MAI appraisals are among the most sought after appraisals in the commercial real estate world. MAI stands for Member of the Appraisal Institute, a trade organization which monitors appraisers and holds them to a higher standard than appraisers who are merely licensed and do not belong to such an organization. There are other appraisal trade organizations active in the world of real estate. However, MAI is the best known, and consequently the most popular.
Technically, there is no such thing as an “MAI appraisal.” There are only appraisals performed by an appraiser who has completed the MAI Appraisal Institutes class offerings, and holds this designation. However, it’s often much easier to refer to the appraisal itself as being certified than to keep up to technicalities.
An appraiser who has earned the MAI designation is qualified to and experienced in the performance of both residential and commercial similarities. Many other appraisers are only qualified for residential character. At one point, lenders were likely to require that an appraisal be done by an MAI certified appraiser, or a member of another trade organization. However, this has been unlawful since 1989, as there is not federal regulation of these organizations. nevertheless, certified appraisals can increase the chances of a popular lending situation, since the lender will feel more comfortable. An MAI certified appraisal offers lenders a reliability that allows them to be confident in their investment.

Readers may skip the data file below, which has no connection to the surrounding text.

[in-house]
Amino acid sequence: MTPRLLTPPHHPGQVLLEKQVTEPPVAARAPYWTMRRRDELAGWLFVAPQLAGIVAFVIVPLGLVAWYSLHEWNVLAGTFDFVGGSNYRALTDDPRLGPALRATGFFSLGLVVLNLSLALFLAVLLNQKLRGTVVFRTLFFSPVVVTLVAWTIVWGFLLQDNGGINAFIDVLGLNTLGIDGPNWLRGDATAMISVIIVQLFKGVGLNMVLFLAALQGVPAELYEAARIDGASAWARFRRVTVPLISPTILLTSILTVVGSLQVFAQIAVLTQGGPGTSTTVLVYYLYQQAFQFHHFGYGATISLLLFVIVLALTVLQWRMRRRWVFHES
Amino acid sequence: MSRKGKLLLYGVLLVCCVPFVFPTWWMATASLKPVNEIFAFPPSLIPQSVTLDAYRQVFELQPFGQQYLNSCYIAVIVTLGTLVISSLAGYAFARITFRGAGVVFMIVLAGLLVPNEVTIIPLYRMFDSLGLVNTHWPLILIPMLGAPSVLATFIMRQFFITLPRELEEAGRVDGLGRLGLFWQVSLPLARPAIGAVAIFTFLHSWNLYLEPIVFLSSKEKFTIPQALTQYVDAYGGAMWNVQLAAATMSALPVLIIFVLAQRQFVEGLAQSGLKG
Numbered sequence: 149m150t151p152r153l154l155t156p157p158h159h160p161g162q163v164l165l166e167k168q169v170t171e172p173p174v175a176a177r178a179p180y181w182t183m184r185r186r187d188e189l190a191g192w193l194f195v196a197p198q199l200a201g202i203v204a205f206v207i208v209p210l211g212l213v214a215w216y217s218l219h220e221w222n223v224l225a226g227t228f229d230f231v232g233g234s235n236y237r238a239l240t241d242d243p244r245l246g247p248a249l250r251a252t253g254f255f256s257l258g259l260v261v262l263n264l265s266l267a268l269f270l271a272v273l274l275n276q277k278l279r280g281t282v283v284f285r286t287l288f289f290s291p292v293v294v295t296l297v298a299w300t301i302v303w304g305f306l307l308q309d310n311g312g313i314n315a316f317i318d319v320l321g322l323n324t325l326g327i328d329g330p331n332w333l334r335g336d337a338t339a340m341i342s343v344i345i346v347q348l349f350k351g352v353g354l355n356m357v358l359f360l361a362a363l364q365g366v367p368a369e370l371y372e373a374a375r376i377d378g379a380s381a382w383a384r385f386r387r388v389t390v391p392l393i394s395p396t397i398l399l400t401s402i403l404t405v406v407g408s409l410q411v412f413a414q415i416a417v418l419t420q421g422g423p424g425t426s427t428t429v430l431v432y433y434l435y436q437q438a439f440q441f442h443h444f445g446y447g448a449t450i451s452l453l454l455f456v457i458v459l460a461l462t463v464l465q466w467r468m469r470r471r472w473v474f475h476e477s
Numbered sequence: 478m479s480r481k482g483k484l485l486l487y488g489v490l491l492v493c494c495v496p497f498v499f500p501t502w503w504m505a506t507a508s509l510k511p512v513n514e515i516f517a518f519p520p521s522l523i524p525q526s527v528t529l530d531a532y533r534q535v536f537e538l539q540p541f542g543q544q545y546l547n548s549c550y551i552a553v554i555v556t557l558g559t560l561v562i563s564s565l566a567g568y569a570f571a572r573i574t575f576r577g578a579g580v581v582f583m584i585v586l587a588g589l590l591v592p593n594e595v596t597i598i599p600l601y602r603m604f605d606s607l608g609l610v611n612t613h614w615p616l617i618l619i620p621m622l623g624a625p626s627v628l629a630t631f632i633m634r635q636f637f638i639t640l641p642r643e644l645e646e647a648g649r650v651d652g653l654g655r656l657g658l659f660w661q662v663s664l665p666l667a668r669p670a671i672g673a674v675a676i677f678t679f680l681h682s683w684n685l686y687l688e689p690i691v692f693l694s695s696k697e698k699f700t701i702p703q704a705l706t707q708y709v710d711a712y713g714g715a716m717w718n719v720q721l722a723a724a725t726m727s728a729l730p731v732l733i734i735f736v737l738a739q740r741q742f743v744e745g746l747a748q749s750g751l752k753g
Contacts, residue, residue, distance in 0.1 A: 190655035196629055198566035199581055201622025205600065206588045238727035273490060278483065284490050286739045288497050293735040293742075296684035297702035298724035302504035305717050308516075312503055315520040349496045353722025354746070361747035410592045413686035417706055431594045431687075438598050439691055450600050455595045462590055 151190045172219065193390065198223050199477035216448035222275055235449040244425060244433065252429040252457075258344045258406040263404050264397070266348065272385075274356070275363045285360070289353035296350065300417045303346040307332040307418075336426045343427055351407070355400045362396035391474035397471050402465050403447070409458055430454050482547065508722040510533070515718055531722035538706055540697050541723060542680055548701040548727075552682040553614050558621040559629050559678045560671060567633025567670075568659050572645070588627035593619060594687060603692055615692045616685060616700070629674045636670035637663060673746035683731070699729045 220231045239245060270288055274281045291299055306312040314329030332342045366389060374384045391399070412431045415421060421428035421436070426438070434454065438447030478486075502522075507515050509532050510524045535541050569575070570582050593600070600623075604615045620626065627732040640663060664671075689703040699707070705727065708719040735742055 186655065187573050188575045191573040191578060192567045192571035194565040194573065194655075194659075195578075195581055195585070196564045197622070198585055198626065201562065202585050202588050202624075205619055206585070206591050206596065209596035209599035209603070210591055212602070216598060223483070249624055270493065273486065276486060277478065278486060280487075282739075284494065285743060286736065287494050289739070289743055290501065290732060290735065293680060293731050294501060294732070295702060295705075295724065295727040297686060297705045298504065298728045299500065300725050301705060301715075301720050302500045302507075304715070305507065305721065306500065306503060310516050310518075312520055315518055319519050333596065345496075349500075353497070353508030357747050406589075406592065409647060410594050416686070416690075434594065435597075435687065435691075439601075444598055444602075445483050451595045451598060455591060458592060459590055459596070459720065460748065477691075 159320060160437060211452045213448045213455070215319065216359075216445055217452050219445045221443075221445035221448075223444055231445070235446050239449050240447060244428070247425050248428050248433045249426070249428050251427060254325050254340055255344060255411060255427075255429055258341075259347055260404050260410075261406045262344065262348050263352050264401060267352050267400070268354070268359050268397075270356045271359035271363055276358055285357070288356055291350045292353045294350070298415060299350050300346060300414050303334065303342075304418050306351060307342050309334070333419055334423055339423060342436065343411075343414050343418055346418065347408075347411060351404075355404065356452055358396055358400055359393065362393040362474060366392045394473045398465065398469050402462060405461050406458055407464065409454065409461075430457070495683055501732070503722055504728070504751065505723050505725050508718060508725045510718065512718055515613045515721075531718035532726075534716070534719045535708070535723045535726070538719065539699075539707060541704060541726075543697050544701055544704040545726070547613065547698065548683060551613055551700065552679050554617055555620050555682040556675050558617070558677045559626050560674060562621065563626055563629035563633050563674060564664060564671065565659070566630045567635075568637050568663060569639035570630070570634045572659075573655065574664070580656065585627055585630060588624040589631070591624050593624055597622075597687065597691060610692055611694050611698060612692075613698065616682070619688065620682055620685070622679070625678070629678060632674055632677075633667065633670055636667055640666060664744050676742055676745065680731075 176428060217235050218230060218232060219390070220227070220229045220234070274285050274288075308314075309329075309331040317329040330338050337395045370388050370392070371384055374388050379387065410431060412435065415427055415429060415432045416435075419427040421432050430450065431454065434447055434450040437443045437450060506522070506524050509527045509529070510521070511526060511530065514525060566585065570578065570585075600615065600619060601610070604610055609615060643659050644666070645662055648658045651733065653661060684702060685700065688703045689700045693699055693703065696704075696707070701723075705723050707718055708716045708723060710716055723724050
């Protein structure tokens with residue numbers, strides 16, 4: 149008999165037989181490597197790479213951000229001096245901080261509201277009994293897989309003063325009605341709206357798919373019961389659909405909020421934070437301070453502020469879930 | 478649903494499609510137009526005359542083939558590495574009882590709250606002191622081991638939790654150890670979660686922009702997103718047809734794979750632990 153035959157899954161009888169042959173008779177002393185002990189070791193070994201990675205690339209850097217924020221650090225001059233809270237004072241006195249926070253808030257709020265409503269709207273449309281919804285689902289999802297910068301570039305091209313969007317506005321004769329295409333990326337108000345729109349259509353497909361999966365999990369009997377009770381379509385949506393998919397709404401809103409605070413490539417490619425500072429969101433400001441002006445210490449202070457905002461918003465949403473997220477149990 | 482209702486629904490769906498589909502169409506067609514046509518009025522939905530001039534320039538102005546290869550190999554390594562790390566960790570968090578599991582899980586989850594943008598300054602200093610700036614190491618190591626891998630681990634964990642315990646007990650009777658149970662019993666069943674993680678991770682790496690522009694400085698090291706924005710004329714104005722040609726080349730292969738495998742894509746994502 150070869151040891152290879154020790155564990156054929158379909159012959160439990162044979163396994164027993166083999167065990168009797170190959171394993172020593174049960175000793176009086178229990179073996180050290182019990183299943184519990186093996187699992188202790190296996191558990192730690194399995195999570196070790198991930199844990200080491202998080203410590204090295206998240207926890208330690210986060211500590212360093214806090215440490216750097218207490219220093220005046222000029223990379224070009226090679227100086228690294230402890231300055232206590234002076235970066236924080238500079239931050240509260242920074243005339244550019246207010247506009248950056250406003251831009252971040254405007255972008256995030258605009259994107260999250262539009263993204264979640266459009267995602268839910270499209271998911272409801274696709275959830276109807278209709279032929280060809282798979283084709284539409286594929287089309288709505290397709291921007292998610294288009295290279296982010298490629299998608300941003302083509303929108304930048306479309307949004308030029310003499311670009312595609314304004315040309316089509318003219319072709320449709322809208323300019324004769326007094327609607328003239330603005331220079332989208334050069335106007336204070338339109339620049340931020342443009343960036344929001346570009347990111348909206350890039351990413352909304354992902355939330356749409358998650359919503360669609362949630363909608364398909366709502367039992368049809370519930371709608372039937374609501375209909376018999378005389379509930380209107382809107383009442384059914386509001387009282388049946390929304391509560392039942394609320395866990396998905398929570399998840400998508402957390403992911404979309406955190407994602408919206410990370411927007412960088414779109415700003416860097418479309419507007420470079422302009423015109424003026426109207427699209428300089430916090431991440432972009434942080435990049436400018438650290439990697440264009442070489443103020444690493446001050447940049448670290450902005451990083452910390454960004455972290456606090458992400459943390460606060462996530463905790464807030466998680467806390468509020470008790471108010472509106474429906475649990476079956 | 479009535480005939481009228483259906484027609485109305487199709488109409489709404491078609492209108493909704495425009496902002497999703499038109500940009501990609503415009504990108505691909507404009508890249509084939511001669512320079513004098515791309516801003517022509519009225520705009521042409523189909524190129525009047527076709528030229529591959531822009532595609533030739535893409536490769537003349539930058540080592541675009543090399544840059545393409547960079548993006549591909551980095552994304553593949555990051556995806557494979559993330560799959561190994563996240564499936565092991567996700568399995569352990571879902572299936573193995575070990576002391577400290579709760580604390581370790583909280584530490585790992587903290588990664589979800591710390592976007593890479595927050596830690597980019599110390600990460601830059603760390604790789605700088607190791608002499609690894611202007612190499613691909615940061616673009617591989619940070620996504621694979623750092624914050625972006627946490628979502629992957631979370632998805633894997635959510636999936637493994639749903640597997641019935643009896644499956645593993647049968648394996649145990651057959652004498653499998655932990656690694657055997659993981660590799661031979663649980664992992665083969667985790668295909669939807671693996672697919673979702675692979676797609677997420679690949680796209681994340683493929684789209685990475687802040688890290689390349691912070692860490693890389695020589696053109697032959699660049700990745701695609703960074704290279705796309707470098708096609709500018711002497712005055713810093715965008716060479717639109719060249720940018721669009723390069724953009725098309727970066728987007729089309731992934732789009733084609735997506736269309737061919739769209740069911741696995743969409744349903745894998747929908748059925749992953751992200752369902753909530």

A commercial appraisal by an MAI certified appraiser can include many things. Generally, it will provide an overview of the community, neighborhood, and general area in which the character is located, in addition as a detailed description of the site and all buildings it contains. Zoning examination, an examination of the highest and best use for the character, and an in thoroughness discussion of the character’s value from several different approaches will also be included. The appraiser may also make a recommendation of which valuation is most appropriate in his or her opinion.
Appraisers tend to be conservative in their estimates. However, this does not average that one will receive a low appraisal. An MAI certified appraisal firm assumes liability if the appraisal is too high, and the character cannot be sold for the price they recommend. The firm also assumes liability if the price is too low and the character is sold for too little money. Because of this, appraisers have a vested interest in making sure that their estimates are in the middle range. Which sales an appraiser places the most emphasis on will depend in the kind of market. In a rising market, emphasis will be placed on higher recent sales, and in a falling market, that emphasis will go to lower recent sales. A good appraiser is interested in giving clients the most accurate calculate possible.